For those lucky enough to have a BlackBerry Q10 or a ‘Dev Alpha C’ device, a preview version of the highly anticipated app, Skype is available now in BlackBerry World. While not yet available on the Z10, a “Coming Soon” notice appears in BlackBerry World, which is the best sign yet that a release is imminent.
Skype for BlackBerry is an Android port, which BlackBerry have been in close collaboration with the designers of Skype in order to give BlackBerry 10 users the best experience that an Android port can deliver. Although the Skype preview is only available on the Q10 at this time, the .BAR file can be sideloaded onto the Z10, which is what I’ve done.
Of course, as this is only a preview of Skype, the general release may be a bit different from what’s here now.
The app has the feel of an Android port, in not feeling entirely smooth to scroll through. The biggest weakness is that it does not integrate into the BlackBerry Hub, although there has been a lot of talk that this would be the case, so we’ll have to wait and see on that point.
When Skype is open, the screen will not turn itself off, which could result in a hit to your battery if you don’t “minimise” the app. I don’t see an option to set a screen time out within the app.
Messaging is pretty smooth, and other than it not integrating with the Hub it seems pretty nice. The traditional Skype messaging sound is played when you receive a message, and the app is ‘Sparked’ to indicate that a message has been received. If you’re a heavy user of Skype, you may want to move the icon onto the first page of apps so that you can get to it quickly or so you’re more likely to notice a message. Integrating into the Hub would sort this out.
I tested out voice and video calling to another Skype user who was on a PC. For the test, my Z10 was connected to WiFi with a pretty good ADSL connection. I could hear the other party pretty clearly, on par with what you’d expect with Skype, although the other side informed me that the voice quality was a little less than they would usually expect. Video chat was a bit pixelated, and not quite up to scratch.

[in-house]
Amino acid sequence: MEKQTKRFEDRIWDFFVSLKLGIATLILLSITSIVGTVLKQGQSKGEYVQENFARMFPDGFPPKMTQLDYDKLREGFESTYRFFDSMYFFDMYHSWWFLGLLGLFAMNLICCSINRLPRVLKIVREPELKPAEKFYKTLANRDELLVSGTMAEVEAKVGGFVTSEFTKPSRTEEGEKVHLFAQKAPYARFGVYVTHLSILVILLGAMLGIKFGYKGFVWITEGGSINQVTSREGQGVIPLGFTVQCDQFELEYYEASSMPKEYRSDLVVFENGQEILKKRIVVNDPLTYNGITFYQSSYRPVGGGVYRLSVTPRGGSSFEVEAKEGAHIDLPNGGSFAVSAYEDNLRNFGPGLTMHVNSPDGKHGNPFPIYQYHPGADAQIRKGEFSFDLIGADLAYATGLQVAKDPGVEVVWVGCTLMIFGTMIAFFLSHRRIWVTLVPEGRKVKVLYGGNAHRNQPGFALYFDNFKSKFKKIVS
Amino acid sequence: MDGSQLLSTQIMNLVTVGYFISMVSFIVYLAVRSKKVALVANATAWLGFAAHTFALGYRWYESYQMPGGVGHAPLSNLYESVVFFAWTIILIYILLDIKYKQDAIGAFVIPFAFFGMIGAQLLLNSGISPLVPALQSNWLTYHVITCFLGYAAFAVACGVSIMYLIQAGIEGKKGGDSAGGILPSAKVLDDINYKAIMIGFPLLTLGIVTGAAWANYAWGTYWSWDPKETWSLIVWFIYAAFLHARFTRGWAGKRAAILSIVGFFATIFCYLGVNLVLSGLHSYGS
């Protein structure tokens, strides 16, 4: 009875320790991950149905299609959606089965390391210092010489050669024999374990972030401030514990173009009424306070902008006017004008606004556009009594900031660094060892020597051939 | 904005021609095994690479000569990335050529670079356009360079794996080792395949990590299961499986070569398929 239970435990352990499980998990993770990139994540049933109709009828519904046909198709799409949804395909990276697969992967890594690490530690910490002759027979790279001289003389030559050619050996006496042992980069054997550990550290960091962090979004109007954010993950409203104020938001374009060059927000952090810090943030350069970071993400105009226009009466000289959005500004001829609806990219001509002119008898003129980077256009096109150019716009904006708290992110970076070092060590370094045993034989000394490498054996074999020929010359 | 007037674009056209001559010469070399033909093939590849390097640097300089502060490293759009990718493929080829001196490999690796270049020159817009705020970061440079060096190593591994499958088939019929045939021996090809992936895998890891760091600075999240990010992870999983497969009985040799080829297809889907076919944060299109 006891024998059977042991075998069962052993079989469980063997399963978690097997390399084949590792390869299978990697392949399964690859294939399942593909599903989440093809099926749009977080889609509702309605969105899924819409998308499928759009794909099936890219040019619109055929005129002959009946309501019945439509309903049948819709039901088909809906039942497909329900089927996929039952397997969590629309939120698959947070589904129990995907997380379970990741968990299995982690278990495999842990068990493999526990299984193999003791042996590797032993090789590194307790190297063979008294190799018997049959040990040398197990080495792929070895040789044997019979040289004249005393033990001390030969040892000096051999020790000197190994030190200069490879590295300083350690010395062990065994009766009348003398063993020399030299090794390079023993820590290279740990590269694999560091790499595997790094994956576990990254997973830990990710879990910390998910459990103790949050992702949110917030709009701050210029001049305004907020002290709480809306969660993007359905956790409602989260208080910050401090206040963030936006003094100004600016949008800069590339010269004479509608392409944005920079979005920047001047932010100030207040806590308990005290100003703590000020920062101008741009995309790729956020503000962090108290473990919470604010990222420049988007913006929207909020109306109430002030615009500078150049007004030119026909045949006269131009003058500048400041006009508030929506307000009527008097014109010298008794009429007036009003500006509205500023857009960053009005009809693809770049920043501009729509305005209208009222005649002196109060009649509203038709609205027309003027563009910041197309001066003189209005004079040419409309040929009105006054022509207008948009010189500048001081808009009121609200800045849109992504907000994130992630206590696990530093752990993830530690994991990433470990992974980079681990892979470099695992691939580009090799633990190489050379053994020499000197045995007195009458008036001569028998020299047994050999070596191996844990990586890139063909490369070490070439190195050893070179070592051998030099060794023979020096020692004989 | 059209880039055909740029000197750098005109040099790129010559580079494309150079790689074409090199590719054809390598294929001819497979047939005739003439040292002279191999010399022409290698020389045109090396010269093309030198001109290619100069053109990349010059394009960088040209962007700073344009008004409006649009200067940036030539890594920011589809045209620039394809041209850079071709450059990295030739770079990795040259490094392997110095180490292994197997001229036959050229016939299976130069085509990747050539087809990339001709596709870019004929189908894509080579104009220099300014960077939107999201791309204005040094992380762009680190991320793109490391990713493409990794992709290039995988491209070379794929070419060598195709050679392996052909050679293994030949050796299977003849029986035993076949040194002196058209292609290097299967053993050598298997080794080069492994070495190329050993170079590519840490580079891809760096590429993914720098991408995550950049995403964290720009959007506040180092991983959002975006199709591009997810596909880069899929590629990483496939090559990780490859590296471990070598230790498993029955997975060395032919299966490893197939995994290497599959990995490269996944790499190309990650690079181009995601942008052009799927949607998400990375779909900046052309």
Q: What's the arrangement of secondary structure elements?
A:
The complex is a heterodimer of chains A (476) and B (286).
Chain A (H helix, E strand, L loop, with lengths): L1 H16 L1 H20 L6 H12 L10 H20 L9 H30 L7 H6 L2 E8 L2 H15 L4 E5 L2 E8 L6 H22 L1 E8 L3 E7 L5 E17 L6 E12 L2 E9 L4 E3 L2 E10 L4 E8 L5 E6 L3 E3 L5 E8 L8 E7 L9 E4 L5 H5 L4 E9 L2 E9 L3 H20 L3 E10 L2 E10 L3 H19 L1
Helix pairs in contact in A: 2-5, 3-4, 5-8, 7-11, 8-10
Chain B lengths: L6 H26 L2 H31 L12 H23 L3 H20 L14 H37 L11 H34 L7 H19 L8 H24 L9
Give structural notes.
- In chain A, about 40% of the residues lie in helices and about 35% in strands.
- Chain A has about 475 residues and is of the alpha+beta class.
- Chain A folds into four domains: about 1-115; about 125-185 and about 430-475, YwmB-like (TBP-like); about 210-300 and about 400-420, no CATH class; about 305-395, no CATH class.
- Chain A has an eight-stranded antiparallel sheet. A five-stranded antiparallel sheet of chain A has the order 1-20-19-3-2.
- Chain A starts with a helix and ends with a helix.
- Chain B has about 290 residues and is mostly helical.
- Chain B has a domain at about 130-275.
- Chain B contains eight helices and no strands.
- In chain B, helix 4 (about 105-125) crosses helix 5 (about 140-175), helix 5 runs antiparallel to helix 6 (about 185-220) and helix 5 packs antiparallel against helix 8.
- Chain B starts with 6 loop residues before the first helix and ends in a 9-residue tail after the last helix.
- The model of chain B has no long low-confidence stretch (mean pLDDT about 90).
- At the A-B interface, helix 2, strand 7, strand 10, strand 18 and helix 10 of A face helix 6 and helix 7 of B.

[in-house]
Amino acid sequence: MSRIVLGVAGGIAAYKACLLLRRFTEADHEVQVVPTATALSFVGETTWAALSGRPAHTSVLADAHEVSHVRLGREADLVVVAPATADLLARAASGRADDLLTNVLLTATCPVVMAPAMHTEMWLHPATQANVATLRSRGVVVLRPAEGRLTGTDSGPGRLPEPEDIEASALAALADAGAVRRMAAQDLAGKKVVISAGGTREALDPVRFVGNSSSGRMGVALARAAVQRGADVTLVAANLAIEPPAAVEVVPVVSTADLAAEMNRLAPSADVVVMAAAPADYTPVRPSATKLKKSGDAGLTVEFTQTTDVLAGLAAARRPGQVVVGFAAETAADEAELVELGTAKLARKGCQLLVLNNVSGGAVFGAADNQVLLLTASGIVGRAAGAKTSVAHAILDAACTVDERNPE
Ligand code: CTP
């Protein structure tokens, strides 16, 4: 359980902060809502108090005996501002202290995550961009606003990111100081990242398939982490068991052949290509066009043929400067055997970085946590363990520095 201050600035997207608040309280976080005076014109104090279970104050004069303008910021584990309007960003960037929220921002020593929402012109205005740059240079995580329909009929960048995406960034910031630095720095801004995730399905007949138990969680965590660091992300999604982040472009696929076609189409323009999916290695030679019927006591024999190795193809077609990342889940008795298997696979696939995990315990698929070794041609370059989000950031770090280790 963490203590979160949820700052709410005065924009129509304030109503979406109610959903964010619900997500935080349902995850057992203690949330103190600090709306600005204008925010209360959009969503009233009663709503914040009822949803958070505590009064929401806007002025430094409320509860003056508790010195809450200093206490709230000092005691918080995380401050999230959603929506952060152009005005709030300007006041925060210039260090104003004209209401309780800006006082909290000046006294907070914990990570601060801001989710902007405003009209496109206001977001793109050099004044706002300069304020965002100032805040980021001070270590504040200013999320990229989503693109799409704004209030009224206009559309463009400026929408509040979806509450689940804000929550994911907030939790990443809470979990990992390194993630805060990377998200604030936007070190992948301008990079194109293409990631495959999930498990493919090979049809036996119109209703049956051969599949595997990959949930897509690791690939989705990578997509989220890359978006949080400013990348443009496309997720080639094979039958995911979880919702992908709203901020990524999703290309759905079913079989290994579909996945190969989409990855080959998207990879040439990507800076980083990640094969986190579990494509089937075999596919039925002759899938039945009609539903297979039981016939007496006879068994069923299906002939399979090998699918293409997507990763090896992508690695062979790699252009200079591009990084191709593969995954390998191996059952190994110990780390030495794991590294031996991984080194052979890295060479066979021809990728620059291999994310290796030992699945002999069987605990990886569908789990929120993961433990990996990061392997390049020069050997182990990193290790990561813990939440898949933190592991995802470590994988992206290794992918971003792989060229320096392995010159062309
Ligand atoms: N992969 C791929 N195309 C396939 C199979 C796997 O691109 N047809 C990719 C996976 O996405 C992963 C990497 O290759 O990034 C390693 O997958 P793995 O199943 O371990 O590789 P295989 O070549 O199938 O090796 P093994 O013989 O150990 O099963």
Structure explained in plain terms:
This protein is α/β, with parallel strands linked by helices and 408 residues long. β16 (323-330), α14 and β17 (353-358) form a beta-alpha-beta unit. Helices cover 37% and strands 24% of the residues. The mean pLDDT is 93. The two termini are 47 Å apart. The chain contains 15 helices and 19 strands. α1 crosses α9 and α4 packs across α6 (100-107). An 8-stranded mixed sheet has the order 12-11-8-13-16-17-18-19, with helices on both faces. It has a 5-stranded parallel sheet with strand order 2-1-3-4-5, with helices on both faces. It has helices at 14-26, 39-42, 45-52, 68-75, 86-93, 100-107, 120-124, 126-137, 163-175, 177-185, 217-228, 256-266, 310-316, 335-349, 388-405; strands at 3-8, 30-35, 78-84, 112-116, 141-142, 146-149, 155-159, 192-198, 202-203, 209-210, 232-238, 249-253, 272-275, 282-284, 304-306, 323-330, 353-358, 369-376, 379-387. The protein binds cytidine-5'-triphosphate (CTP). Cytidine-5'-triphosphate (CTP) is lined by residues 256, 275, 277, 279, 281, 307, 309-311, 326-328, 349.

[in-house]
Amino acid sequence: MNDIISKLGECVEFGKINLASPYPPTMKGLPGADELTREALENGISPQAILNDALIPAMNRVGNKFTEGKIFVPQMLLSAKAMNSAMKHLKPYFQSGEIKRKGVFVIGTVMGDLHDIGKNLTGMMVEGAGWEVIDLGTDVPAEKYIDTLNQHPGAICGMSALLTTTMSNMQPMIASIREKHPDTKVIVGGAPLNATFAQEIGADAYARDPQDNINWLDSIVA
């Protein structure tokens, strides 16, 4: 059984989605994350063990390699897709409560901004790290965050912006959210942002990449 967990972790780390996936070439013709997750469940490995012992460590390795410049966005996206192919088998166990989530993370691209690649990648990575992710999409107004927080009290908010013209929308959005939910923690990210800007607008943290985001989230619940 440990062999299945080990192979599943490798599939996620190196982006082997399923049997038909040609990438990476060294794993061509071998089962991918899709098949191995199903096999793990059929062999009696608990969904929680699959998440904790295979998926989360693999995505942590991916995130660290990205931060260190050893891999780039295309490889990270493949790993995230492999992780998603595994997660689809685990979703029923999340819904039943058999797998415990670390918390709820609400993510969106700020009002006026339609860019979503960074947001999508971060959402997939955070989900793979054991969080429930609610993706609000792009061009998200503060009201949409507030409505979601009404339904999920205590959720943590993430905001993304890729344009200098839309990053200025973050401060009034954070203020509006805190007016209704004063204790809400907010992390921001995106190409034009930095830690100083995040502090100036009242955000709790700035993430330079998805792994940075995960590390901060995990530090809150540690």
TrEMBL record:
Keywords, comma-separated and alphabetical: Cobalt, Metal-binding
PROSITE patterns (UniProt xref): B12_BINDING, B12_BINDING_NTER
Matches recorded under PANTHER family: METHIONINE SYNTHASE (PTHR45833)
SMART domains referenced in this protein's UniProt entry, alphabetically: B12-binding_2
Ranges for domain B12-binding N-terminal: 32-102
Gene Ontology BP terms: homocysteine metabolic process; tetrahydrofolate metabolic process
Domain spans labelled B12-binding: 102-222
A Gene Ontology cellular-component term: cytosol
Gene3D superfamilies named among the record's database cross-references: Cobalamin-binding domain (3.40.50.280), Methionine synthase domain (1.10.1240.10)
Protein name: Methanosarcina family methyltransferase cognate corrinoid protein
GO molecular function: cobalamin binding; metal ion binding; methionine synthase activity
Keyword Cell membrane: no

When calling another Skype user, it defaults to speakerphone, with the option to switch to “earpiece” only being available after the call has connected. The dialing sound is also made as if through speakerphone.
The full range of contact options are available through the app, as showed here (with ‘Remove contact’ and ‘Add to favorites’ not pictured).
The most noticeable sign that this app is designed for the Q10 is that when you click into the text input box to type a message, the keyboard comes up as expected, but does not disappear as expected when you click outside of the on-screen keyboard into the body of the conversation. Instead, you have to use the gesture of swiping down on the keyboard with two fingers.
All up, I’m happy that a pre-release preview version of Skype has finally been made available on BlackBerry 10, even if only the Q10 (which can be sideloaded onto the Z10). I’m looking forward to the proper release, which will hopefully address some of these early issues.
What BlackBerry users really want is a native BlackBerry 10 Skype app. For Skype and their new owners of Microsoft to be nice to us, the initial Android port must be a success with record download numbers. I don’t suspect that’ll be a problem. From there, it’ll have to make commercial and political sense for Microsoft, which spent USD $8.5 Billion purchasing Skype, and has to consider their own Windows Phone product, which is closely competing against BlackBerry 10.
See this release as a preview, and a stop-gap measure to get Skype to BlackBerry 10 users as soon as possible, with the finished product to arrive later on.
Skype (preview) is available now in BlackBerry World for Q10 users. Z10 users can find out how to obtain the .BAR from CrackBerry.